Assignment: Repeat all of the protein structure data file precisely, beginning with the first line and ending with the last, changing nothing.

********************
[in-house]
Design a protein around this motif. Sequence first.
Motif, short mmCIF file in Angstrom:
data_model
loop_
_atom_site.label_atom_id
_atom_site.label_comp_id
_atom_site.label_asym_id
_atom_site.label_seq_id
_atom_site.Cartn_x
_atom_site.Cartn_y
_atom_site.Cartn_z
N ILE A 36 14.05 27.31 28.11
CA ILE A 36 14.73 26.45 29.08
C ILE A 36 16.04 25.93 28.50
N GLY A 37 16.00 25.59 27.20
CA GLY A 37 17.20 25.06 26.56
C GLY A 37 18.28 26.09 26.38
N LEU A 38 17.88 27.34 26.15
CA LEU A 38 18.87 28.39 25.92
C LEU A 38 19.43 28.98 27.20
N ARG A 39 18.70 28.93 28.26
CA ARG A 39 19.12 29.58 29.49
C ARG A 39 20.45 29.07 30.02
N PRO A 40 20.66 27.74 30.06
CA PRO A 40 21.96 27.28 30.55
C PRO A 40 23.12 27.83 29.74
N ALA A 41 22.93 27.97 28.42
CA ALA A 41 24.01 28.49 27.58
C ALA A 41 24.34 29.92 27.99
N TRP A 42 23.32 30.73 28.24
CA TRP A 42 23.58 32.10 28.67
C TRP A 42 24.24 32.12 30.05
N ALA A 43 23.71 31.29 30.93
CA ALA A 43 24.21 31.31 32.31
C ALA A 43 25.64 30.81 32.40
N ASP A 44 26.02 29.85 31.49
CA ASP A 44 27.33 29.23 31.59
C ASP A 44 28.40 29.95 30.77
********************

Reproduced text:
[in-house]
Design a protein around this motif. Sequence first.
Motif, short mmCIF file in Angstrom:
data_model
loop_
_atom_site.label_atom_id
_atom_site.label_comp_id
_atom_site.label_asym_id
_atom_site.label_seq_id
_atom_site.Cartn_x
_atom_site.Cartn_y
_atom_site.Cartn_z
N ILE A 36 14.05 27.31 28.11
CA ILE A 36 14.73 26.45 29.08
C ILE A 36 16.04 25.93 28.50
N GLY A 37 16.00 25.59 27.20
CA GLY A 37 17.20 25.06 26.56
C GLY A 37 18.28 26.09 26.38
N LEU A 38 17.88 27.34 26.15
CA LEU A 38 18.87 28.39 25.92
C LEU A 38 19.43 28.98 27.20
N ARG A 39 18.70 28.93 28.26
CA ARG A 39 19.12 29.58 29.49
C ARG A 39 20.45 29.07 30.02
N PRO A 40 20.66 27.74 30.06
CA PRO A 40 21.96 27.28 30.55
C PRO A 40 23.12 27.83 29.74
N ALA A 41 22.93 27.97 28.42
CA ALA A 41 24.01 28.49 27.58
C ALA A 41 24.34 29.92 27.99
N TRP A 42 23.32 30.73 28.24
CA TRP A 42 23.58 32.10 28.67
C TRP A 42 24.24 32.12 30.05
N ALA A 43 23.71 31.29 30.93
CA ALA A 43 24.21 31.31 32.31
C ALA A 43 25.64 30.81 32.40
N ASP A 44 26.02 29.85 31.49
CA ASP A 44 27.33 29.23 31.59
C ASP A 44 28.40 29.95 30.77